Clear71° WeatherClear71° Weather
A Times Editorial

Editorial: Health care politics vs. reality

First the Republican-controlled House voted for the 40th time to repeal the Affordable Care Act in whole or part. Then as members departed for their August recess, Republicans were handed instructions for an “Obamacare media tour,” a negative campaign playbook to follow in their home districts. Yet the truth is the law is already succeeding at improving health care coverage for millions of Americans, and the coming online insurance exchanges will save consumers money in many states.

First the Republican-controlled House voted for the 40th time to repeal the Affordable Care Act in whole or part. Then as members departed for their August recess, Republicans were handed instructions for an “Obamacare media tour,” a negative campaign playbook to follow in their home districts. Yet the truth is the law is already succeeding at improving health care coverage for millions of Americans, and the coming online insurance exchanges will save consumers money in many states.

First the Republican-controlled House voted for the 40th time to repeal the Affordable Care Act in whole or part. Then as members departed for their August recess, Republicans were handed instructions for an "Obamacare media tour," a negative campaign playbook to follow in their home districts. Yet the truth is the law is already succeeding at improving health care coverage for millions of Americans, and the coming online insurance exchanges will save consumers money in many states. The situation is less certain in Florida, where consumers are paying the price for Republican attempts in Tallahassee to sabotage the law at every turn.

The fight during Congress' August recess will be a battle of stories. Democrats are highlighting how the Affordable Care Act is helping families by creating more access to coverage and better benefits. The Republican playbook recommends bashing the law by citing businesses that have had to cut jobs or limit growth. Yet the law doesn't require small businesses of under 50 employees to provide health coverage, and large businesses won't have to provide coverage until 2015.

Here is how the law is already making a difference in the Tampa Bay area:

• Because insurers may spend no more than 20 percent of premium dollars on profits and administration, insurers rebated more than 900,000 policyholders $47 million in 2011 and 2012, and this summer an additional $54 million will be returned.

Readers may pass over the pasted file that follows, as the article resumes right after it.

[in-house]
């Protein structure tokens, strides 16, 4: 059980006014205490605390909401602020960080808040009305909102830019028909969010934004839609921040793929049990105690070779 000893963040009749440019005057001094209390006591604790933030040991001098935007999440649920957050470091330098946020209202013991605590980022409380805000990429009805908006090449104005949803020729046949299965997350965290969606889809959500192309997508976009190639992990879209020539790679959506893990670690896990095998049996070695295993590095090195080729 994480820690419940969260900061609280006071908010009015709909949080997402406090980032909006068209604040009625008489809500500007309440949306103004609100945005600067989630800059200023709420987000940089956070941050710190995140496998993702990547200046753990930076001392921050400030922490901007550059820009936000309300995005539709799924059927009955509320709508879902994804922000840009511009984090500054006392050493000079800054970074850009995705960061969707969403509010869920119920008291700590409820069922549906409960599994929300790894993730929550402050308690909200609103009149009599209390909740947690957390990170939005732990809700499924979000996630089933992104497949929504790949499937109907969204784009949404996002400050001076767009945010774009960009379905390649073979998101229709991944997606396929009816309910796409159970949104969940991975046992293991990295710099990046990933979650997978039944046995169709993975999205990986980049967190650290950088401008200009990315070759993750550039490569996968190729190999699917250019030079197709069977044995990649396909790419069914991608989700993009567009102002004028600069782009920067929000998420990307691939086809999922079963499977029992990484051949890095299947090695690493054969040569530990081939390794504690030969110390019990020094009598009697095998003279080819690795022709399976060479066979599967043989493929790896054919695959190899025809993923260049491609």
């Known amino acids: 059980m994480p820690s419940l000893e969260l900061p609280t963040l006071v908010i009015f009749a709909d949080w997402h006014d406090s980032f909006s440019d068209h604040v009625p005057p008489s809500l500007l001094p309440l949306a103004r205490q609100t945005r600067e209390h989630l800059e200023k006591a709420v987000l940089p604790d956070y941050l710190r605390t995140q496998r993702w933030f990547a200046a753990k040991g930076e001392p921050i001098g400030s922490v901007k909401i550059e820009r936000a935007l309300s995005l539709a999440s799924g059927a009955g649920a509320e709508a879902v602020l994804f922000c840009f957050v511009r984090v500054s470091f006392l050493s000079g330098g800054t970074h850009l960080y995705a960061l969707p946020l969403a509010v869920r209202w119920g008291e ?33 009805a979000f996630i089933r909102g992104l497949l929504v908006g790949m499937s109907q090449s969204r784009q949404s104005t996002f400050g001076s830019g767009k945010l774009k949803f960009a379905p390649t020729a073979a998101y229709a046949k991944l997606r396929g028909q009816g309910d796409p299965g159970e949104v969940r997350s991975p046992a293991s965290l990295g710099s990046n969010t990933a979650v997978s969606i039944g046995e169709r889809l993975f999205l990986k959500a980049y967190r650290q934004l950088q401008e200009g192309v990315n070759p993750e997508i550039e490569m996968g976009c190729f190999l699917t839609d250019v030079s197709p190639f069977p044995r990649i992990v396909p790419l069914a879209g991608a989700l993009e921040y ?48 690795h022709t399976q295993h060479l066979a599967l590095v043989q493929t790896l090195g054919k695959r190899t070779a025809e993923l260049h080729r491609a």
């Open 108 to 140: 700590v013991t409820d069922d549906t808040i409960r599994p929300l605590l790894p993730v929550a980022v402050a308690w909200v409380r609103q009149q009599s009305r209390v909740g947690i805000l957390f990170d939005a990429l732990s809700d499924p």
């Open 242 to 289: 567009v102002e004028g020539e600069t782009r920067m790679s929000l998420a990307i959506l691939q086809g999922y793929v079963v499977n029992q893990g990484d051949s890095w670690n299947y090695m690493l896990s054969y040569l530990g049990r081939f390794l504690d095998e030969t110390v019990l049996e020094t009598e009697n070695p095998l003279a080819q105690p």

• Nearly 50,000 young adults obtained health care coverage because they can now stay on their parents' policies until age 26.

• More than 77,000 seniors received savings on prescription drug costs under Medicare, totalling $100 million in discounts.

Rates for the health insurance that will be offered on the online state exchanges, a place for one-stop shopping for health insurance that will open in October for 2014 coverage, are lower than expected overall. An 11-state analysis by the U.S. Department of Health and Human Services released in July found that plan costs are on average 18 percent lower than Congressional Budget Office estimates.

That may not be true in Florida, where rates on the online exchange are expected to jump an average of 35 percent, according to an analysis by the state's Office of Insurance Regulation. Florida's congressional Republicans will be making a lot of noise about the price jump. But they should blame fellow party members. The Republican-controlled Legislature suspended for two years the state's ability to control rate increases for health insurance policies. It was a given that rates would soar as a result.

Now it is up to the federal government to force some of the 11 health insurers who will offer plans on Florida's online exchange to bring down premiums or be denied access to the exchange. The state declined to build its own exchange, leaving the job to the federal government. Florida's Republican leaders claim to be standing with the people on health insurance, but they have abandoned to the federal government the job of protecting the state's consumers from being gouged. It's more than a little hypocritical to undercut health care reform at every turn and then complain it isn't working as well as expected.

Editorial: Health care politics vs. reality 08/09/13 [Last modified: Friday, August 9, 2013 6:13pm]

    

Join the discussion: Click to view comments, add yours

Loading...